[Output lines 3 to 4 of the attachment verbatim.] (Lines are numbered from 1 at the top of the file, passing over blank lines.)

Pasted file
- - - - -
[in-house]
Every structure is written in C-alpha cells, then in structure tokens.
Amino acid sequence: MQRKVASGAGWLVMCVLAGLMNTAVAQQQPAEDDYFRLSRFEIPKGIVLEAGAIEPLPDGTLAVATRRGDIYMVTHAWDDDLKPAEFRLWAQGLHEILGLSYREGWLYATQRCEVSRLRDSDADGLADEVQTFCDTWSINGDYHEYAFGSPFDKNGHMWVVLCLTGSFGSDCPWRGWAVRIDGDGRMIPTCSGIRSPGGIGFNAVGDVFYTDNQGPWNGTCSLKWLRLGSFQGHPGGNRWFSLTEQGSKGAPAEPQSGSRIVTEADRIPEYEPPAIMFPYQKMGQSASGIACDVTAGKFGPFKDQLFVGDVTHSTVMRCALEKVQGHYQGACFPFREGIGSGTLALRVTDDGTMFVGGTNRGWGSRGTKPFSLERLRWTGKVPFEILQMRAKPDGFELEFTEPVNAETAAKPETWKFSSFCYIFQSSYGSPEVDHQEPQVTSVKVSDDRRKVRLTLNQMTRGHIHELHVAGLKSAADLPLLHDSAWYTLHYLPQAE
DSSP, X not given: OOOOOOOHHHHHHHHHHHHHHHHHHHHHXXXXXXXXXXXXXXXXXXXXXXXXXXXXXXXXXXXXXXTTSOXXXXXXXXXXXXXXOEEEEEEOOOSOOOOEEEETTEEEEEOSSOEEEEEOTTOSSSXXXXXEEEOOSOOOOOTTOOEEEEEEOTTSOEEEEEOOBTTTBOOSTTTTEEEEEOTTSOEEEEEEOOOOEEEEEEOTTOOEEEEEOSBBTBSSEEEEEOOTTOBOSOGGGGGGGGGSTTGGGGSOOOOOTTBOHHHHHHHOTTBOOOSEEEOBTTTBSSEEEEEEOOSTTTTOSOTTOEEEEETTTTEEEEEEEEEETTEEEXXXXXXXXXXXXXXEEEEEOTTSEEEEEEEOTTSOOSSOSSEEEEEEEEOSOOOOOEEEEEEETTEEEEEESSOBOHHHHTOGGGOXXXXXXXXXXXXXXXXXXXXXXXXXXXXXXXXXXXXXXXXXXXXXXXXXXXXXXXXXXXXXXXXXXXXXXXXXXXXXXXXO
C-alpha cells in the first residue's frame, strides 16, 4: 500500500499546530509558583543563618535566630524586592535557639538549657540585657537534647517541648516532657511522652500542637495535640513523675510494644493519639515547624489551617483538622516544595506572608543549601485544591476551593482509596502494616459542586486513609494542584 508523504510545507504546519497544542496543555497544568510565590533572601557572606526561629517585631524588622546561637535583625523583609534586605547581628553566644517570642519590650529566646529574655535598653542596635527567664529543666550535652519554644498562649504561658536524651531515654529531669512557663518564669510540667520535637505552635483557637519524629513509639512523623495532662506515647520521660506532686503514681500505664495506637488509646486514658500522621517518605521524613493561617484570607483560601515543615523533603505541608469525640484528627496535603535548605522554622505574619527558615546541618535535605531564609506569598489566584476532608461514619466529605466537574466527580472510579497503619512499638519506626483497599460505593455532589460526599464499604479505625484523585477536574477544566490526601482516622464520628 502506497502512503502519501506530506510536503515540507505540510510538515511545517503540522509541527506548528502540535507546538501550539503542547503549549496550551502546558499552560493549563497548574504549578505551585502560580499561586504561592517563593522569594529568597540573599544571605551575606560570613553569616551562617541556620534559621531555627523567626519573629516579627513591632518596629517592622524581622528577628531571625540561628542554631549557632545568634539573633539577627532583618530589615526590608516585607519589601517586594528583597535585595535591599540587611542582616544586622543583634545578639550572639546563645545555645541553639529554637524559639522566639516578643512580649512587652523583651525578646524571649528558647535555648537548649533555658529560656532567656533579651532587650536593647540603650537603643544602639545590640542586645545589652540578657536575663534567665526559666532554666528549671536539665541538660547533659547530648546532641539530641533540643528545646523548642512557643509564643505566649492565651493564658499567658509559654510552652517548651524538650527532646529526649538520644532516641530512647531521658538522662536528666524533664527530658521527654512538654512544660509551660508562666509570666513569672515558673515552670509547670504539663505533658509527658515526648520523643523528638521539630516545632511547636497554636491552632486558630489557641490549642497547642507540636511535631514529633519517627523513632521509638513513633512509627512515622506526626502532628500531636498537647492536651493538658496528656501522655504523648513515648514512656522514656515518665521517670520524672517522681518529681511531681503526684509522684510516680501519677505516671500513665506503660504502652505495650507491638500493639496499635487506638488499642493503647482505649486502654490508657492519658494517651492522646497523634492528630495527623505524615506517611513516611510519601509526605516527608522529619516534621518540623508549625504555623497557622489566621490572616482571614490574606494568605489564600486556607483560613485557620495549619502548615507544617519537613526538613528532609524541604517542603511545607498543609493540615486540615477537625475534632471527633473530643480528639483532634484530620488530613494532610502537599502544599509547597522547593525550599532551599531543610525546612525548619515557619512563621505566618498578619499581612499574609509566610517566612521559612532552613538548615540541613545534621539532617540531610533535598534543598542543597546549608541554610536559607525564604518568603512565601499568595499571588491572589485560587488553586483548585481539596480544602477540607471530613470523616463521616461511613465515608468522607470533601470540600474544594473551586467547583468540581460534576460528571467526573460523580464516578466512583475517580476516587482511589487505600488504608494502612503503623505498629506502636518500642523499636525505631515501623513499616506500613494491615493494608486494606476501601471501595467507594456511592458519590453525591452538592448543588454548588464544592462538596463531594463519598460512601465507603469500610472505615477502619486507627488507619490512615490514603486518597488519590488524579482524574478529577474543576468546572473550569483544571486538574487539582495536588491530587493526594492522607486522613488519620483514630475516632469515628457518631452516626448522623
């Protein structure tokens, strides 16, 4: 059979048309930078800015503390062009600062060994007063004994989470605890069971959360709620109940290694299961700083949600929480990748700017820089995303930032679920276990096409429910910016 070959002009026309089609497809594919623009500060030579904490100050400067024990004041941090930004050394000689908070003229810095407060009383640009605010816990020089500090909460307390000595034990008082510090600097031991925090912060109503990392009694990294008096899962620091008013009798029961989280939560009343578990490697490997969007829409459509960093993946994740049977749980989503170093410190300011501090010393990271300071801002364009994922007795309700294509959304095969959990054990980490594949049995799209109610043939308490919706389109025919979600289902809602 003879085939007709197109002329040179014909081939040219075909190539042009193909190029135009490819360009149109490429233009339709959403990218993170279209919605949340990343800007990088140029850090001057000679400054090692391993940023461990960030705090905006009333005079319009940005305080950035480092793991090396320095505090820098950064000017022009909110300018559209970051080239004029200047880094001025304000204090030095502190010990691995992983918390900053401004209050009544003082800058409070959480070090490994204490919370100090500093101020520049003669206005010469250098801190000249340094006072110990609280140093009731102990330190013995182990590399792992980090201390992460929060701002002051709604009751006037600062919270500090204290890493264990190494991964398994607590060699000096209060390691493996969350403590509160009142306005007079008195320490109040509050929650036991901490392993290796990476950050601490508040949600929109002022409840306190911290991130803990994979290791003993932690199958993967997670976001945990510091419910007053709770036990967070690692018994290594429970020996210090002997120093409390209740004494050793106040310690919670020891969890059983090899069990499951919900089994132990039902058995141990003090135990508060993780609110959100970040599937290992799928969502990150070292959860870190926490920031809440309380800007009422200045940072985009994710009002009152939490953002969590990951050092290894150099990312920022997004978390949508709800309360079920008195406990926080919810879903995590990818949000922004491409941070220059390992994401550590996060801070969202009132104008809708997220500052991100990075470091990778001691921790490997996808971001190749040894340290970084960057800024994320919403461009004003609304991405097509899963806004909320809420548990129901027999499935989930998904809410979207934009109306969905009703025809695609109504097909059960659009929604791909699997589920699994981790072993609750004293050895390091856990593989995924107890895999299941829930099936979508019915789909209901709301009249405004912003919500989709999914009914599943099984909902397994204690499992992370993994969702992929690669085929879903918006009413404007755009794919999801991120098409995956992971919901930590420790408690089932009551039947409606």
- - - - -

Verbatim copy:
Amino acid sequence: MQRKVASGAGWLVMCVLAGLMNTAVAQQQPAEDDYFRLSRFEIPKGIVLEAGAIEPLPDGTLAVATRRGDIYMVTHAWDDDLKPAEFRLWAQGLHEILGLSYREGWLYATQRCEVSRLRDSDADGLADEVQTFCDTWSINGDYHEYAFGSPFDKNGHMWVVLCLTGSFGSDCPWRGWAVRIDGDGRMIPTCSGIRSPGGIGFNAVGDVFYTDNQGPWNGTCSLKWLRLGSFQGHPGGNRWFSLTEQGSKGAPAEPQSGSRIVTEADRIPEYEPPAIMFPYQKMGQSASGIACDVTAGKFGPFKDQLFVGDVTHSTVMRCALEKVQGHYQGACFPFREGIGSGTLALRVTDDGTMFVGGTNRGWGSRGTKPFSLERLRWTGKVPFEILQMRAKPDGFELEFTEPVNAETAAKPETWKFSSFCYIFQSSYGSPEVDHQEPQVTSVKVSDDRRKVRLTLNQMTRGHIHELHVAGLKSAADLPLLHDSAWYTLHYLPQAE
DSSP, X not given: OOOOOOOHHHHHHHHHHHHHHHHHHHHHXXXXXXXXXXXXXXXXXXXXXXXXXXXXXXXXXXXXXXTTSOXXXXXXXXXXXXXXOEEEEEEOOOSOOOOEEEETTEEEEEOSSOEEEEEOTTOSSSXXXXXEEEOOSOOOOOTTOOEEEEEEOTTSOEEEEEOOBTTTBOOSTTTTEEEEEOTTSOEEEEEEOOOOEEEEEEOTTOOEEEEEOSBBTBSSEEEEEOOTTOBOSOGGGGGGGGGSTTGGGGSOOOOOTTBOHHHHHHHOTTBOOOSEEEOBTTTBSSEEEEEEOOSTTTTOSOTTOEEEEETTTTEEEEEEEEEETTEEEXXXXXXXXXXXXXXEEEEEOTTSEEEEEEEOTTSOOSSOSSEEEEEEEEOSOOOOOEEEEEEETTEEEEEESSOBOHHHHTOGGGOXXXXXXXXXXXXXXXXXXXXXXXXXXXXXXXXXXXXXXXXXXXXXXXXXXXXXXXXXXXXXXXXXXXXXXXXXXXXXXXXO